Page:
Oh dear. First of all, I loved that Red Balloon film in elementary school. Most of us did. It was rather popular. So I am very interested in this movie

Second, while I thought Silverstone was TERRIFIC in Clueless, the only performance on that list of Oscar nominees hers topped is Sharon Stone. You could make a strong case for any of the other four to have won that award and I wouldn’t mind, but I certainly can’t find fault in Sarandon’s wonderful performance in that terrific film. I believe I was rooting for Shue to take it home, but as I say: Any of those four would have pleased me.

I liked Clueless mostly because, as you say, it definitely rises above other films in its genre. However, I disagree with calling Cher a dumb blonde. She may be something of an airhead, but the movie makes it plain that she’s a sharp girl and I think it suggests that what we consider dumb is in fact a different kind of smart. Gardner’s multiple intelligences would have pegged Cher as easily gifted in interpersonal intelligence, something a social misfit like me finds admirable. I am quite in awe of students with this kind of intelligence and I openly communicate my admiration.

Dan Hedaya (Nick Tortelli!), who plays Cher’s dad, is a great foil for her: He is obviously smart in certain ways (he’s enormously successful in business), but he’s not as bright as his daughter in interpersonal matters; in fact, nobody in the film is, and it is this disarming ability to see through the social complications around her that enables her to float with ease from one person’s problem to the next person’s problem. I also really like the relationship she shares with her father. It’s charming and interesting and sweet.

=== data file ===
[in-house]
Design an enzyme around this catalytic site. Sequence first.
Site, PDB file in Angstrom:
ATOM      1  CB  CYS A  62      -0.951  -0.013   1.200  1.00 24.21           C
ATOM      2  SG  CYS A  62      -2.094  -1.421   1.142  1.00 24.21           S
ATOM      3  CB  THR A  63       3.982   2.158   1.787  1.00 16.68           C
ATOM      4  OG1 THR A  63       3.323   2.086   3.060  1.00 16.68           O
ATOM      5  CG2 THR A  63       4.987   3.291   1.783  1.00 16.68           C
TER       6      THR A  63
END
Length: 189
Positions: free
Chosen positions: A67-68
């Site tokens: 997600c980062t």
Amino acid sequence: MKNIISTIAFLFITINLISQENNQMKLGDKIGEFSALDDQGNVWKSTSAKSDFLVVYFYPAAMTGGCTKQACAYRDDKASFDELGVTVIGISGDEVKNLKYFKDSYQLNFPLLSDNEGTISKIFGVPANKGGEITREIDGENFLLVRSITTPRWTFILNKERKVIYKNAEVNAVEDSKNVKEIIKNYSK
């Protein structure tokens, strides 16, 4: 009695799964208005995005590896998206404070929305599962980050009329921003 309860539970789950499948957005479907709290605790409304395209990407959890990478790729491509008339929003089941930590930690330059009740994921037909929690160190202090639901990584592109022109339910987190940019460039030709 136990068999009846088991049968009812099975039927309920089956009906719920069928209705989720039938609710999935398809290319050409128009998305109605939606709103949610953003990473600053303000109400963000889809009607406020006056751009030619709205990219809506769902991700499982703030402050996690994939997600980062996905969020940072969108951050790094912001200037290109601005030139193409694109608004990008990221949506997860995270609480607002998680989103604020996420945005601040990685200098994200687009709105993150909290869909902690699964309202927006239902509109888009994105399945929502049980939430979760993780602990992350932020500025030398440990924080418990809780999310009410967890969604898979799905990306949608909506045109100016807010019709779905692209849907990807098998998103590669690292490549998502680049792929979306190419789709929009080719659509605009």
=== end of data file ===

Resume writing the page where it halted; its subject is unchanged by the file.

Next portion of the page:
This is one of those rare films that, I think, actually rises above others in its genre so that it’s not really part of that genre. I’m not saying it’s a GREAT film, because it really isn’t, but it’s unique. I would like to say that I’m completely uninfluenced by the fact that this is a modern literary adaptation, but I can’t honestly say that and I’ve been up-front about that elsewhere on VI: I do like my literary adaptations. 🙂 And no, I haven’t read the source material. Are you kidding? The Victorians drive me up a tree!